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Environmental Rationalism and Beyond: toward a more just sharing of power and influence

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Economics, especially the narrowly defined form of economics known as neo-liberal economics, along with its policy derivative known as economic rationalism, dominates public and political debate and decision-making in Australia and many other nations as the twentieth century approaches its close. In the context of environmental issues, as also in that of welfare issues, the present over-dominance is unhealthy. Despite the best attempts of environmental economists and ecological economists, they have had relatively little influence on the broader economic profession, or on the political and business communities. Economics and free trade also dominate the international scene at the expense of equity and environmental issues. Environmental debates, by their very nature, are usually complex, requiring interdisciplinary and multidisciplinary approaches which include the economic perspective, but much else besides. Despite the importance of local context and spatial and temporal location, there is a need for a meta-theory or national philosophy to allow the integration across space and time so often needed. The present meta-theory, firmly based in economic rationalism, is inadequate as a basis for environmental decision-making. We desperately need a new meta-theory that explicitly integrates economic, environmental, welfare and many other perspectives. Perhaps such a meta-theory could be broadly based on the concept of sustainability, though much more work is needed to refine such an approach. A major swing in public opinion from the old meta-theory to the new is essential as a forerunner to political action, and education at all levels is needed to bring about this change. There are some signs that this change is already informing public opinion, and that it may have begun to influence mainstream Australian politics.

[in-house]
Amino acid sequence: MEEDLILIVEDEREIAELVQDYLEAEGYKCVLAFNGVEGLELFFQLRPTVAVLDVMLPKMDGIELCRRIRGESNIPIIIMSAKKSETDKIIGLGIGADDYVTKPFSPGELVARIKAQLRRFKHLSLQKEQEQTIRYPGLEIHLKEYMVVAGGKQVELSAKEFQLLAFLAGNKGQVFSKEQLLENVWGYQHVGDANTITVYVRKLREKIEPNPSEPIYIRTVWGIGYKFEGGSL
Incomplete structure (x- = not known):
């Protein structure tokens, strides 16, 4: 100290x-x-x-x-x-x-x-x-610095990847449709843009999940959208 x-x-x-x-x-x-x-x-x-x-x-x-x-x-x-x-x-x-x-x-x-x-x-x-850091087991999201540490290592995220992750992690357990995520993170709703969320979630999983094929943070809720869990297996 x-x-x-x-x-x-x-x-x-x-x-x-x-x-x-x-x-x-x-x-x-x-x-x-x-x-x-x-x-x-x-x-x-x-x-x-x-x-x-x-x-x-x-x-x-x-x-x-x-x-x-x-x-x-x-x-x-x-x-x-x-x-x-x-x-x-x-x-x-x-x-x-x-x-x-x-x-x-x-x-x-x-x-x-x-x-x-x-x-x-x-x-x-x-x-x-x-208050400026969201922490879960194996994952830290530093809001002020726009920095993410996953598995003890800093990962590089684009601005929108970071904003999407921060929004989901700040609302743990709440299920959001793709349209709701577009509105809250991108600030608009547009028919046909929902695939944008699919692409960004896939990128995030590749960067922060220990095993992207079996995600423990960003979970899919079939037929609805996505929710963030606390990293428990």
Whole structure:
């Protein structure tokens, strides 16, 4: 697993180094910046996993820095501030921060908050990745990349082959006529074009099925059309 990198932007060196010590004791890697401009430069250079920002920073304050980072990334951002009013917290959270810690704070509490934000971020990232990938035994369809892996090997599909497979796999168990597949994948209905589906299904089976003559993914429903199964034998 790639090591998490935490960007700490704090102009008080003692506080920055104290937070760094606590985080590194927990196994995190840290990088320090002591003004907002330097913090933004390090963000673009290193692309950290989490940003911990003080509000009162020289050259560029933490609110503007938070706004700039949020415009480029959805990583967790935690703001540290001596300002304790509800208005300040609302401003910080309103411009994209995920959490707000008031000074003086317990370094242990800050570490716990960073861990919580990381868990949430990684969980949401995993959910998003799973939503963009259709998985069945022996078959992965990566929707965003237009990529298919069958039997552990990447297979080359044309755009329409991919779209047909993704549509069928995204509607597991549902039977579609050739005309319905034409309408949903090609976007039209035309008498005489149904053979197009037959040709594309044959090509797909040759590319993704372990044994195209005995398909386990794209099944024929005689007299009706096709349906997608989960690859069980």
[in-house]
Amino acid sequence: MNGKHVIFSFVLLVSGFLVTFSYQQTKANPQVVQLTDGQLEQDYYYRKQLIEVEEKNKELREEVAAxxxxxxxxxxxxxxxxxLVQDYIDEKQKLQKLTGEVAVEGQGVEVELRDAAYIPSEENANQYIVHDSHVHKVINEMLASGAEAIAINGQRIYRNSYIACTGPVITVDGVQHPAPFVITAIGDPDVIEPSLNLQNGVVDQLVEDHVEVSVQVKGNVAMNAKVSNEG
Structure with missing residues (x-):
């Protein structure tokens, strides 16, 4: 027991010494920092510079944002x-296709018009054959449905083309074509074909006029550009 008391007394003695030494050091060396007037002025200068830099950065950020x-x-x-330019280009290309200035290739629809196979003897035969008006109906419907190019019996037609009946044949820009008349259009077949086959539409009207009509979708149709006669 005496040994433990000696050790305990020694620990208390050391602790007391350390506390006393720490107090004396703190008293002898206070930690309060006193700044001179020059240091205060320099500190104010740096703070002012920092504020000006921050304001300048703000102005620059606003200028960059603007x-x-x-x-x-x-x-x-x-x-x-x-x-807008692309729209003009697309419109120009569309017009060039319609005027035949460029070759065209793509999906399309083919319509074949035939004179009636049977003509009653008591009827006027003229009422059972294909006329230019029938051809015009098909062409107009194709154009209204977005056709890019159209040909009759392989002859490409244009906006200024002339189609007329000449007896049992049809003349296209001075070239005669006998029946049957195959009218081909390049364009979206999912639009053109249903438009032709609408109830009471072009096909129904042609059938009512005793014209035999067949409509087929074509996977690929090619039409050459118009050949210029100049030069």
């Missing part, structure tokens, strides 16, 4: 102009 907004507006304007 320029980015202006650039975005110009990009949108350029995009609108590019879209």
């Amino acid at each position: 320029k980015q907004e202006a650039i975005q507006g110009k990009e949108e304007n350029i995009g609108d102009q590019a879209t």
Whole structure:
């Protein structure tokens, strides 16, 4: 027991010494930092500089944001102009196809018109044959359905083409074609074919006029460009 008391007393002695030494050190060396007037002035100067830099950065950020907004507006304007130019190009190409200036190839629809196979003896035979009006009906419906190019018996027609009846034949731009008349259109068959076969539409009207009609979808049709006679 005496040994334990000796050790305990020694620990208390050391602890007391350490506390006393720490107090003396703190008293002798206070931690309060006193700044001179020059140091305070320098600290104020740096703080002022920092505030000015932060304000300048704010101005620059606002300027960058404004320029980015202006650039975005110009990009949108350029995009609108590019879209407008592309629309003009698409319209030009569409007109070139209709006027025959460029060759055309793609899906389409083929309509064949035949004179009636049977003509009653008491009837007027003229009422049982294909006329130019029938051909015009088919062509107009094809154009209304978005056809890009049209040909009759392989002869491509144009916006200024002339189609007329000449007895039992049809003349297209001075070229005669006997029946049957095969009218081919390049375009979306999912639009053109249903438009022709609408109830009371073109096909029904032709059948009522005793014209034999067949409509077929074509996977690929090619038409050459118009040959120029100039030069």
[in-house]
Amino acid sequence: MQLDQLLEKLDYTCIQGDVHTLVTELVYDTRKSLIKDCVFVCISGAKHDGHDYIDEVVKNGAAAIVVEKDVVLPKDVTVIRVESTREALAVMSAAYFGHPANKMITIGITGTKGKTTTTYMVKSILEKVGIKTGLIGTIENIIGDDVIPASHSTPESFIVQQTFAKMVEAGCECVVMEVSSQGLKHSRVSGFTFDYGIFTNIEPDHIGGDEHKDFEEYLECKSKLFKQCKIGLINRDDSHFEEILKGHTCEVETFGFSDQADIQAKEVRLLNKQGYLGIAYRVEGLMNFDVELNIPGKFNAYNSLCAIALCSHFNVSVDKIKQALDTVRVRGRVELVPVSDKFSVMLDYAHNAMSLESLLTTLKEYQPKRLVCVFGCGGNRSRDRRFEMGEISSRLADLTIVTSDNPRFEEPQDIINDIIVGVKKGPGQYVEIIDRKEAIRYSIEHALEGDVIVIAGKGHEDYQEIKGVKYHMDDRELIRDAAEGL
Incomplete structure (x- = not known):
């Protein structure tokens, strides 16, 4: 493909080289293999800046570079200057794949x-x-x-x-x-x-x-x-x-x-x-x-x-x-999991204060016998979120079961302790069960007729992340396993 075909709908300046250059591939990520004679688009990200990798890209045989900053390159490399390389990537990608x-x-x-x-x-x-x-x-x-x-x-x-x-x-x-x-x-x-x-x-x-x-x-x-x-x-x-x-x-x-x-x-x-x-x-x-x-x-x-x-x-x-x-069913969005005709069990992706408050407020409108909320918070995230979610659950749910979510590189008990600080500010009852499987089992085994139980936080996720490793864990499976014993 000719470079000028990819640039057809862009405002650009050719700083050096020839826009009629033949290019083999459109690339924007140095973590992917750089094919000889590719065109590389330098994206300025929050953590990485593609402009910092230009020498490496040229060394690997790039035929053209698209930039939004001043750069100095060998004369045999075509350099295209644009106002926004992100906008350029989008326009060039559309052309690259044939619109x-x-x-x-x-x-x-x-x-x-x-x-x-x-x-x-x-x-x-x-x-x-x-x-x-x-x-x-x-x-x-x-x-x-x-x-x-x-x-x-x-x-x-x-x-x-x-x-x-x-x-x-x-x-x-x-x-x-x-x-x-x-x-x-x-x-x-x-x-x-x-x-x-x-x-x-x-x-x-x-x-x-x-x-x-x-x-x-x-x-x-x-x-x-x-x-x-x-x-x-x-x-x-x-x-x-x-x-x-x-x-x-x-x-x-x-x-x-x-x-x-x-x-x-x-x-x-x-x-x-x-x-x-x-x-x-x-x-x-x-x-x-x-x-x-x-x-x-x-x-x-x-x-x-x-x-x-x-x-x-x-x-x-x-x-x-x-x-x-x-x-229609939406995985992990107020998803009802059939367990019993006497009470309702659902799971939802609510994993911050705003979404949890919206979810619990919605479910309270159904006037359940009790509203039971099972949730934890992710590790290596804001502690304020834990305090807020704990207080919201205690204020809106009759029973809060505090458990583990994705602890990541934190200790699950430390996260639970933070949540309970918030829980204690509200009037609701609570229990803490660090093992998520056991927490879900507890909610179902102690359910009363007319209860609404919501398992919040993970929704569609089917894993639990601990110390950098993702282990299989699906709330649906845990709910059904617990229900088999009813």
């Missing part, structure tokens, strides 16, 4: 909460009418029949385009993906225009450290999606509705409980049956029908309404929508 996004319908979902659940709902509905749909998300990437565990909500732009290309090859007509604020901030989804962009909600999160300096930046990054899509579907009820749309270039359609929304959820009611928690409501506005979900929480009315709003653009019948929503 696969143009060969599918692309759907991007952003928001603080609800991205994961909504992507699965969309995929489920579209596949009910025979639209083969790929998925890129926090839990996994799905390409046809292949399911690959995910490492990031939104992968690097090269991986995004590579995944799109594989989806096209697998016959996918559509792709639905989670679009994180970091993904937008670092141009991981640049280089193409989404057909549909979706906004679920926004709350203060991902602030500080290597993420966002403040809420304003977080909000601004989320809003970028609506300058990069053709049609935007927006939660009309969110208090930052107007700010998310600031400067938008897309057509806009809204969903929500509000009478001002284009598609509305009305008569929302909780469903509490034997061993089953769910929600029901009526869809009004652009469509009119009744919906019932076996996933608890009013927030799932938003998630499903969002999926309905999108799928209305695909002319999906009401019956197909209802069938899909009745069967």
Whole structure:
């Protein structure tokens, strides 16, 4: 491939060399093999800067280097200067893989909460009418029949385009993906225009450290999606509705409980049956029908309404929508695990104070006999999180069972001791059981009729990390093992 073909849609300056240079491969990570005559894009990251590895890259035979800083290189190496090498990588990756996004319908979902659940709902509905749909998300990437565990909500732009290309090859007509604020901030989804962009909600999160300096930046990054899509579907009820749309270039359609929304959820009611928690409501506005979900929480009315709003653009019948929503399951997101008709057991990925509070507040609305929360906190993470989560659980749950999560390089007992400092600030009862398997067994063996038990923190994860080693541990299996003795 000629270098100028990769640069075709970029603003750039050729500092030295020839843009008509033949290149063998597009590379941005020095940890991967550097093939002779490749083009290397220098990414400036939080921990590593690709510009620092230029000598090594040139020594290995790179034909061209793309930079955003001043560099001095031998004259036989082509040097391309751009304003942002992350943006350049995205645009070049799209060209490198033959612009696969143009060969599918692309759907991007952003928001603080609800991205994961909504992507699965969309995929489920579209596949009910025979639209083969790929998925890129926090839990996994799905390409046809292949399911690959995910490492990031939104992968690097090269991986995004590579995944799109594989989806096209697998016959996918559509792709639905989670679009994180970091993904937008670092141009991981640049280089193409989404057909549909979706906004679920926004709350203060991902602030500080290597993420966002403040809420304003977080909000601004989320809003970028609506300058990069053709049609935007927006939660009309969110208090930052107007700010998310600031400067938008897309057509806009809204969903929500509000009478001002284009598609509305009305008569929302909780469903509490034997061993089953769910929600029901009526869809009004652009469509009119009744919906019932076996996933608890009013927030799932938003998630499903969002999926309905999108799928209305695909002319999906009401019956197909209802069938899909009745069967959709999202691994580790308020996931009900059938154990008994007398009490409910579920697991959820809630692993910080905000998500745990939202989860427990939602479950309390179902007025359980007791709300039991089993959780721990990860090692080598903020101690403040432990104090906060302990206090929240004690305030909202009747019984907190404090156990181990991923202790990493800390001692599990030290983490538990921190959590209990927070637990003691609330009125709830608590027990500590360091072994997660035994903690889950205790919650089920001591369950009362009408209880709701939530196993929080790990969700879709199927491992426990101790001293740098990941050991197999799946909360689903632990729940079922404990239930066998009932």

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Document Type: Research Article

Publication date: November 1, 2000

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